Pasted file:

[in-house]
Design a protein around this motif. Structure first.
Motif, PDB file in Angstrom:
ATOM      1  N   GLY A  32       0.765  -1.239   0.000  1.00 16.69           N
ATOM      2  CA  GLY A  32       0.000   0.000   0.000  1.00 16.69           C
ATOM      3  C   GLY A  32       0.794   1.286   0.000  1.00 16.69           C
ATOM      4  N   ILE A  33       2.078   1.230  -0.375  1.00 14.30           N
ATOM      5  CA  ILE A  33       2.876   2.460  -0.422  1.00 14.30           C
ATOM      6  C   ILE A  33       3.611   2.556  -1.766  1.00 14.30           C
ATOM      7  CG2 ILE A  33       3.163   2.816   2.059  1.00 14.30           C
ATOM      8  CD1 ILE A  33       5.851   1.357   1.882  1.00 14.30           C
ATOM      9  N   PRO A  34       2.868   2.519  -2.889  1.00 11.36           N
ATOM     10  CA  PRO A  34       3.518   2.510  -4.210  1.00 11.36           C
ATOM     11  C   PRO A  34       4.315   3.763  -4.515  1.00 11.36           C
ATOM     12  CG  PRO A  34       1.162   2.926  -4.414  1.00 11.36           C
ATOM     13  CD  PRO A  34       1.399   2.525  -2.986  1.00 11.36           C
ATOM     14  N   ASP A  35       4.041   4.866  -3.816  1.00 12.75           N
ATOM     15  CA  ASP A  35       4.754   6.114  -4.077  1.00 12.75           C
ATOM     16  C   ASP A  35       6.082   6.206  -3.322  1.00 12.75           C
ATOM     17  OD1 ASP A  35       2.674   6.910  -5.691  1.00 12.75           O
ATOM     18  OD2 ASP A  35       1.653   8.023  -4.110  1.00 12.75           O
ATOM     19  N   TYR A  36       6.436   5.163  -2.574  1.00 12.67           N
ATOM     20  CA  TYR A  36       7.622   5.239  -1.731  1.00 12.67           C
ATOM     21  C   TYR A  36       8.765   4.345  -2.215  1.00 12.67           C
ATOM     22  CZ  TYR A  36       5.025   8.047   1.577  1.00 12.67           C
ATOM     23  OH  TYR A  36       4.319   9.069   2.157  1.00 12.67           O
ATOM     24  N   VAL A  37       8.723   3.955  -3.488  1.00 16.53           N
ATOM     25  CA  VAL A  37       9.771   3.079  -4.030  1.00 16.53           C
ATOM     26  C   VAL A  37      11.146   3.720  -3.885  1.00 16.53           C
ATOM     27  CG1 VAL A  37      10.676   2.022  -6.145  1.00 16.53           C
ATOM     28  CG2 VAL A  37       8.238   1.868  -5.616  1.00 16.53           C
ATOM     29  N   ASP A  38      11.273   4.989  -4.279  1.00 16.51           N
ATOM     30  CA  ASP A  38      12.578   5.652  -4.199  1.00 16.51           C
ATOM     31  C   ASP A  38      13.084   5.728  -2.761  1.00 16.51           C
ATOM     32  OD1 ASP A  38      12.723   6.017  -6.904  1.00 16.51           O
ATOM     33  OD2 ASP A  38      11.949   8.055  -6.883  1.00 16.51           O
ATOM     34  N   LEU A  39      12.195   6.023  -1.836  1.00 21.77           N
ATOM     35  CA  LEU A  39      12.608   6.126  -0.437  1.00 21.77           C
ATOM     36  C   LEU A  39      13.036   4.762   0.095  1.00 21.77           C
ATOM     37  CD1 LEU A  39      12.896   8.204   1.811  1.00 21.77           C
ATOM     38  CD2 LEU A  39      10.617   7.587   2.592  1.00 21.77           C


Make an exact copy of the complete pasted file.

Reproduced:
[in-house]
Design a protein around this motif. Structure first.
Motif, PDB file in Angstrom:
ATOM      1  N   GLY A  32       0.765  -1.239   0.000  1.00 16.69           N
ATOM      2  CA  GLY A  32       0.000   0.000   0.000  1.00 16.69           C
ATOM      3  C   GLY A  32       0.794   1.286   0.000  1.00 16.69           C
ATOM      4  N   ILE A  33       2.078   1.230  -0.375  1.00 14.30           N
ATOM      5  CA  ILE A  33       2.876   2.460  -0.422  1.00 14.30           C
ATOM      6  C   ILE A  33       3.611   2.556  -1.766  1.00 14.30           C
ATOM      7  CG2 ILE A  33       3.163   2.816   2.059  1.00 14.30           C
ATOM      8  CD1 ILE A  33       5.851   1.357   1.882  1.00 14.30           C
ATOM      9  N   PRO A  34       2.868   2.519  -2.889  1.00 11.36           N
ATOM     10  CA  PRO A  34       3.518   2.510  -4.210  1.00 11.36           C
ATOM     11  C   PRO A  34       4.315   3.763  -4.515  1.00 11.36           C
ATOM     12  CG  PRO A  34       1.162   2.926  -4.414  1.00 11.36           C
ATOM     13  CD  PRO A  34       1.399   2.525  -2.986  1.00 11.36           C
ATOM     14  N   ASP A  35       4.041   4.866  -3.816  1.00 12.75           N
ATOM     15  CA  ASP A  35       4.754   6.114  -4.077  1.00 12.75           C
ATOM     16  C   ASP A  35       6.082   6.206  -3.322  1.00 12.75           C
ATOM     17  OD1 ASP A  35       2.674   6.910  -5.691  1.00 12.75           O
ATOM     18  OD2 ASP A  35       1.653   8.023  -4.110  1.00 12.75           O
ATOM     19  N   TYR A  36       6.436   5.163  -2.574  1.00 12.67           N
ATOM     20  CA  TYR A  36       7.622   5.239  -1.731  1.00 12.67           C
ATOM     21  C   TYR A  36       8.765   4.345  -2.215  1.00 12.67           C
ATOM     22  CZ  TYR A  36       5.025   8.047   1.577  1.00 12.67           C
ATOM     23  OH  TYR A  36       4.319   9.069   2.157  1.00 12.67           O
ATOM     24  N   VAL A  37       8.723   3.955  -3.488  1.00 16.53           N
ATOM     25  CA  VAL A  37       9.771   3.079  -4.030  1.00 16.53           C
ATOM     26  C   VAL A  37      11.146   3.720  -3.885  1.00 16.53           C
ATOM     27  CG1 VAL A  37      10.676   2.022  -6.145  1.00 16.53           C
ATOM     28  CG2 VAL A  37       8.238   1.868  -5.616  1.00 16.53           C
ATOM     29  N   ASP A  38      11.273   4.989  -4.279  1.00 16.51           N
ATOM     30  CA  ASP A  38      12.578   5.652  -4.199  1.00 16.51           C
ATOM     31  C   ASP A  38      13.084   5.728  -2.761  1.00 16.51           C
ATOM     32  OD1 ASP A  38      12.723   6.017  -6.904  1.00 16.51           O
ATOM     33  OD2 ASP A  38      11.949   8.055  -6.883  1.00 16.51           O
ATOM     34  N   LEU A  39      12.195   6.023  -1.836  1.00 21.77           N
ATOM     35  CA  LEU A  39      12.608   6.126  -0.437  1.00 21.77           C
ATOM     36  C   LEU A  39      13.036   4.762   0.095  1.00 21.77           C
ATOM     37  CD1 LEU A  39      12.896   8.204   1.811  1.00 21.77           C
ATOM     38  CD2 LEU A  39      10.617   7.587   2.592  1.00 21.77           C